You may think you have seen all cinema has to offer. Then you see a man’s bellend getting chewed off in the midst of a shoplifting trip gone wrong. ‘Aaaaaaah!’ is oddly poignant for how you will feel watching this creation of gorilla-grunts, excessive nudity and savage gore.

The premise behind this film is replacing the entirety of its dialogue with apes noises. Whilst sounding like a  particularly vicious scene from an Attenborough documentary, it is wildly ambitious in its goal to tell a successful story without speech. The film appears to echo back to the days of silent films, whilst also harking into the 21st century with a score that ranges from, what can only be described as techno-madness, to string pieces of serenity.

The plot is simplistic, yet necessary due to the challenges that the lack of speech presents. It portrays stories eerily akin to domestic violence scenes from soap operas, brutal fight scenes and family domestics in the home. The seriousness these scenes typically demand are comedically thrown out for dark humour which appears unintentional, but these successes are the joy of the experiment that is the film. The characters are hard to follow and there is a distinct lack of emotional connection with all but two. Lucy Honigman plays a lone female in a vast ocean of alpha males, drifting along the waves their actions create. Through her grunting and physical acting, she gauges an emotional connection, managing to portray an air of depression as her life never appears to truly get any better.

“Aaaaaaaah! is grotesquely comical but seems at times to lose humour in favour of chaos”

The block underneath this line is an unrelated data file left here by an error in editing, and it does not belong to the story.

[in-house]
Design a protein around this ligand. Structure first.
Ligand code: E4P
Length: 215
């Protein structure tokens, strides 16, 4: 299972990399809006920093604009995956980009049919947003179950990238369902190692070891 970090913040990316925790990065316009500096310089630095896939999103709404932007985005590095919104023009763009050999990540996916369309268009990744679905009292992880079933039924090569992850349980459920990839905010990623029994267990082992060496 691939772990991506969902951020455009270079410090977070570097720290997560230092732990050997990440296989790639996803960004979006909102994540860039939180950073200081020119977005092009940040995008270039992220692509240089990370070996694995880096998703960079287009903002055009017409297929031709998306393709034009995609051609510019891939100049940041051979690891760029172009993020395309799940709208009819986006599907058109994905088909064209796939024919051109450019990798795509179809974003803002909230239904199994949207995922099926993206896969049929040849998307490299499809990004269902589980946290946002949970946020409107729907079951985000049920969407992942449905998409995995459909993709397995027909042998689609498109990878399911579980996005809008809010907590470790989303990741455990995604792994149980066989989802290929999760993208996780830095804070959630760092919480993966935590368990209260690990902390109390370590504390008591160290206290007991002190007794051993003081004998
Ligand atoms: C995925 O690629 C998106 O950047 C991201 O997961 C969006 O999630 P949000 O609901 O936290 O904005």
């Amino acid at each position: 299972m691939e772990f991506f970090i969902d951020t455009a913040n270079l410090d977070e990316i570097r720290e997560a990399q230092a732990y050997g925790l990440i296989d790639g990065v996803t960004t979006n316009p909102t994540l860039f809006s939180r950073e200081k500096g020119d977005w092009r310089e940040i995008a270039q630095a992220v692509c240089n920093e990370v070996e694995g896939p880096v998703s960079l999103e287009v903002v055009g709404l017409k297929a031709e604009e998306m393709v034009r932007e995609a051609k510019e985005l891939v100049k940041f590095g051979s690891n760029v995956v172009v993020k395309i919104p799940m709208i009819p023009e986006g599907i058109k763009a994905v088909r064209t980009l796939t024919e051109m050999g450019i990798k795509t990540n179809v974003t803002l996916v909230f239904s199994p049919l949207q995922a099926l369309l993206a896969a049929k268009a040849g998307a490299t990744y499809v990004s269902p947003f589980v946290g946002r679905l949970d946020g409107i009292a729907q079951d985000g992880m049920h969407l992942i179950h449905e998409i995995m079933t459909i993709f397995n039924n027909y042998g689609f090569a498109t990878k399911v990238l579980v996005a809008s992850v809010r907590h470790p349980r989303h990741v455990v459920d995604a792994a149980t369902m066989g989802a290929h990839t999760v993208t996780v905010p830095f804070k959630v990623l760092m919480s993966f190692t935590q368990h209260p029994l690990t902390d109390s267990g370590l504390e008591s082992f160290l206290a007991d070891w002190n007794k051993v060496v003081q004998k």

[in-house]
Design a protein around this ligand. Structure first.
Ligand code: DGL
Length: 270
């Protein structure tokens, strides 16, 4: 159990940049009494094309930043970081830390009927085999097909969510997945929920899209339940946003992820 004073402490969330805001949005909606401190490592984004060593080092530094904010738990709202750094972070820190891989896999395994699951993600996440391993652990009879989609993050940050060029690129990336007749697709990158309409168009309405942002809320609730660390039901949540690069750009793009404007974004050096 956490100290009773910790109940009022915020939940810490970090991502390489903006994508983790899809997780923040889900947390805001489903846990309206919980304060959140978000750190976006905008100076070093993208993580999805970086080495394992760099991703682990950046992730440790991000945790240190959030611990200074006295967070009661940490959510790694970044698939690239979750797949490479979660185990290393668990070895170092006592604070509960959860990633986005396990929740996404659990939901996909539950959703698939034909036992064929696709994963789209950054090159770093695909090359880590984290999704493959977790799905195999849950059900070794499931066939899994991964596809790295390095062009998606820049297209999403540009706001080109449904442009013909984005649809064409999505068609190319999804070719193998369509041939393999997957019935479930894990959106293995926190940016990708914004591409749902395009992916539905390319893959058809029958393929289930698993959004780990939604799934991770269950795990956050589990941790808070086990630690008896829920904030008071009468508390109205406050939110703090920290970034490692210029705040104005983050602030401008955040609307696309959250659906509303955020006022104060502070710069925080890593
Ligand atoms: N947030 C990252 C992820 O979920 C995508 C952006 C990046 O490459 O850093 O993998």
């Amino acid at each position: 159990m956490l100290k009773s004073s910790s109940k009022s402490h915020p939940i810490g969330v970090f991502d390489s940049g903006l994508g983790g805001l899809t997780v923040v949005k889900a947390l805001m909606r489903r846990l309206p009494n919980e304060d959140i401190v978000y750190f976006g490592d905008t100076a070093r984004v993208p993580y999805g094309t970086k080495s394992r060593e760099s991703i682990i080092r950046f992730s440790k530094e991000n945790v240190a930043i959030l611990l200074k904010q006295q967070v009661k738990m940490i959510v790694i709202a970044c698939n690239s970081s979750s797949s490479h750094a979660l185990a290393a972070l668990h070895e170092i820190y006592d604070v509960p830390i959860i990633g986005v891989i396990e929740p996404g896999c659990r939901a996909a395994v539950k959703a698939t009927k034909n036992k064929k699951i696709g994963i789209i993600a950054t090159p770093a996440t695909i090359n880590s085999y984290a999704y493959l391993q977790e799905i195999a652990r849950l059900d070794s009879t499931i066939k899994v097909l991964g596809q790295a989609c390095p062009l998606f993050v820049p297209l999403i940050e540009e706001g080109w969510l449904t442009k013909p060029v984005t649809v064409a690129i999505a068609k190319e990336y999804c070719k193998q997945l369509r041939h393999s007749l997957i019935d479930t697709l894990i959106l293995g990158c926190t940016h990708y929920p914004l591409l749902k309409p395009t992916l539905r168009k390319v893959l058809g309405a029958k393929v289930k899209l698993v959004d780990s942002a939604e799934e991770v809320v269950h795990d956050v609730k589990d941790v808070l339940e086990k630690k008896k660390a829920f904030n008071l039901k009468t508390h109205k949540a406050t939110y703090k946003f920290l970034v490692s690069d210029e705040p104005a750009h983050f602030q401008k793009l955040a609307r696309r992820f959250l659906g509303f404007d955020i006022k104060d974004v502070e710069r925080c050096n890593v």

In addition to Honigman, Julian Barratt delivers a compellingly-odd performance as Jupiter. He is the former alpha of the house and has been abandoned, like rubbish, to the back garden, living in his own mess, effectively he plays a downtrodden hobo. Director, Steve Oram, places in flashback scenes of Jupiter seemingly ‘discovering himself’ in the wilderness, truly becoming the ape he sounds like. The emotional connection is established as we see he longs for his family and to be a part of the house and society once more. Some eagle-eyed fans may have noticed that Barratt is accompanied by Noel Fielding for a first time since The Mighty Boosh, however, they never come into contact and Boosh will have to wait until Mindhorn is released. Aaaaaaaah! is grotesquely comical but seems at times to lose humour in favour of chaos, such as the nudist house party/rave that demolishes some poor individual’s home with various bodily fluids and ballsacks.

The film appears to attempt to portray deeper meanings like the primitive behaviour of every character denotes messages that we all have primal desires underneath our cosmopolitan front. The film reaches a commendable level of sincerity and the madness seems to have method behind it, yet, you would miss out on the fun if you over-analysed it in such a manner. By destroying the script and grunting for 79 minutes, it takes a rebellious stance in a cinematic landscape filled with explosions and superheroes. Due to this, Aaaaaaaah! enters the world as an artistic experiment which should be applauded for its ballsy concept and Oram’s enthusiasm oozes through with a black-comedic flare.

7/10

George Driscoll

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